Georgia Commissioner of Labor Mark Butler

ATLANTA – First-time unemployment claims in Georgia continued to decline last week, as the state Department of Labor worked to implement system changes allowing benefits authorized by legislation Congress passed in December.

Additional requirements in the bill must be integrated into labor department systems before eligible payments can be released.  Among other things, the new requirements include additional proof of employment and increased identification verification.

The agency encourages claimants to continue to request weekly payments for those who have exhausted benefits or are waiting on determinations on eligibility. 

Last week, initial unemployment claims in Georgia fell by 801 to 27,215.

Since the coronavirus pandemic struck Georgia last March, the state has paid out almost $17.8 billion in unemployment benefits to more than 4.3 million Georgians, more than the last nine years combined before the COVID-19 era.

Meanwhile, Georgia has become a victim of its own success in that the State Extended Benefit (SEB) program is ending with the week of Feb. 6 because of declines in the unemployment rate.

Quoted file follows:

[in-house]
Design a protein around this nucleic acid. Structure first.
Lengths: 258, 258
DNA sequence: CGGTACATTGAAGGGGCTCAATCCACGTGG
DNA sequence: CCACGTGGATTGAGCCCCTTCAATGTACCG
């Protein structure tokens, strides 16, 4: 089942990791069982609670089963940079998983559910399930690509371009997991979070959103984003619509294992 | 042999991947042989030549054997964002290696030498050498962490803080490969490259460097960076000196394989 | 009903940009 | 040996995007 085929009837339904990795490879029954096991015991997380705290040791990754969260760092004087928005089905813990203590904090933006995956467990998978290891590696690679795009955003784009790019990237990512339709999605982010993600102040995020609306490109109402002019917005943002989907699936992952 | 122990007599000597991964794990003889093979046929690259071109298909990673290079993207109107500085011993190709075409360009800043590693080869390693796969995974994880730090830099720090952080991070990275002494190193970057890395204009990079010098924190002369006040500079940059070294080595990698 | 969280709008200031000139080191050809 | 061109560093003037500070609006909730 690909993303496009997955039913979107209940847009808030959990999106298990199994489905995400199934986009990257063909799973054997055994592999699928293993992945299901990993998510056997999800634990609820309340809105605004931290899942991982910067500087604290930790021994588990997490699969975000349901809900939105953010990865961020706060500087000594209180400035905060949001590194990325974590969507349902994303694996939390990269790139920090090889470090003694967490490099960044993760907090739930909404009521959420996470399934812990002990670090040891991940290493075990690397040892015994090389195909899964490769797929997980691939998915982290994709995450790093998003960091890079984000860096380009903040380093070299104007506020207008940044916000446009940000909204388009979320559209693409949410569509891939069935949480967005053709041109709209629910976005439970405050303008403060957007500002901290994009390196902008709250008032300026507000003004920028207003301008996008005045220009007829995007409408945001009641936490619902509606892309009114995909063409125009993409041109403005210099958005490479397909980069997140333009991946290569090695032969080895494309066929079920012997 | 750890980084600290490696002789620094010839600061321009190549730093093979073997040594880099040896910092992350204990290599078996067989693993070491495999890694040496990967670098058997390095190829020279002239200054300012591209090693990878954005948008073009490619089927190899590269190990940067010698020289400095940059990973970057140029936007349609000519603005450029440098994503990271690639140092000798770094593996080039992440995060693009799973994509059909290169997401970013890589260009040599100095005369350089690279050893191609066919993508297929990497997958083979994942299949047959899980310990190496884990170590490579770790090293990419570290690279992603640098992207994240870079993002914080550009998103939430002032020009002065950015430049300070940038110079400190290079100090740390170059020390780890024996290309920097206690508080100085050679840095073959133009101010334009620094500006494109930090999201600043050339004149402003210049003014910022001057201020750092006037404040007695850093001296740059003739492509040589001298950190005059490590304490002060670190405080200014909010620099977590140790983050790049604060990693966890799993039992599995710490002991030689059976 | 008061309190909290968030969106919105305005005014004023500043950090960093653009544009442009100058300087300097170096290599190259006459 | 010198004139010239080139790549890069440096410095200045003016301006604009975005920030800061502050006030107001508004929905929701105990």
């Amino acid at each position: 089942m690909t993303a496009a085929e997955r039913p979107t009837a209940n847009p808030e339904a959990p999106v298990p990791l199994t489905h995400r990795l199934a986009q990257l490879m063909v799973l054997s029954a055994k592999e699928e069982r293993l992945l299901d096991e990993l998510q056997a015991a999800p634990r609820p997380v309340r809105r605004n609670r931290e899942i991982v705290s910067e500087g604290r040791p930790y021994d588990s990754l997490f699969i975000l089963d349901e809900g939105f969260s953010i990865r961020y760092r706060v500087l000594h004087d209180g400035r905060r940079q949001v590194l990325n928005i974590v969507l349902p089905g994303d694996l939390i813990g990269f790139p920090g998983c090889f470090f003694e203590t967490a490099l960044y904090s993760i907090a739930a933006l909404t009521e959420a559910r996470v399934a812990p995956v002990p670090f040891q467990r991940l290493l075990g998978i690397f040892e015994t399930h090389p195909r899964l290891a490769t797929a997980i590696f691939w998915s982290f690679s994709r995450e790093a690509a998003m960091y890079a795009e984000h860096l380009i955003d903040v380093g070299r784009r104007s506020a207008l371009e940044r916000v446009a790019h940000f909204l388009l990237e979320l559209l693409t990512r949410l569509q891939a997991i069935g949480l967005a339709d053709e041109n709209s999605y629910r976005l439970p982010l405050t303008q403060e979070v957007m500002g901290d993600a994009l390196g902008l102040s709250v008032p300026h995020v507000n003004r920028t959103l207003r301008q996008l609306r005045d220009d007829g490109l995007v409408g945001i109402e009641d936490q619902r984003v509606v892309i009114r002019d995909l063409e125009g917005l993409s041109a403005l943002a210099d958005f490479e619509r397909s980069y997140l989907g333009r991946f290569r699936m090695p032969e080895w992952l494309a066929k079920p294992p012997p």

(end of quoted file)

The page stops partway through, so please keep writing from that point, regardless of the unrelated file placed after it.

The SEB program becomes available when a state meets the unemployment rate threshold for a designated period and ends when the unemployment rate decreases below the threshold.

“Georgia has experienced a decrease in the unemployment rate over the past few months as the economy has stabilized and people are getting back to work,” Georgia Commissioner of Labor Mark Butler said Thursday.

“However, the timing is not optimal as we continue to implement the many complicated programs passed by Congress. Every time a change is made, we must reprioritize programming to meet the requirements issued by the [U.S. Department of Labor].”

The job sector accounting for the most first-time unemployment claims in Georgia last week was accommodation and food services with 6,345 claims. The administrative and support services sector was next with 3,280 claims, followed by manufacturing with 2,434.

More than 177,000 jobs are listed online at for Georgians to access.  The labor department offers online resources for finding a job, building a resume, and assisting with other reemployment needs.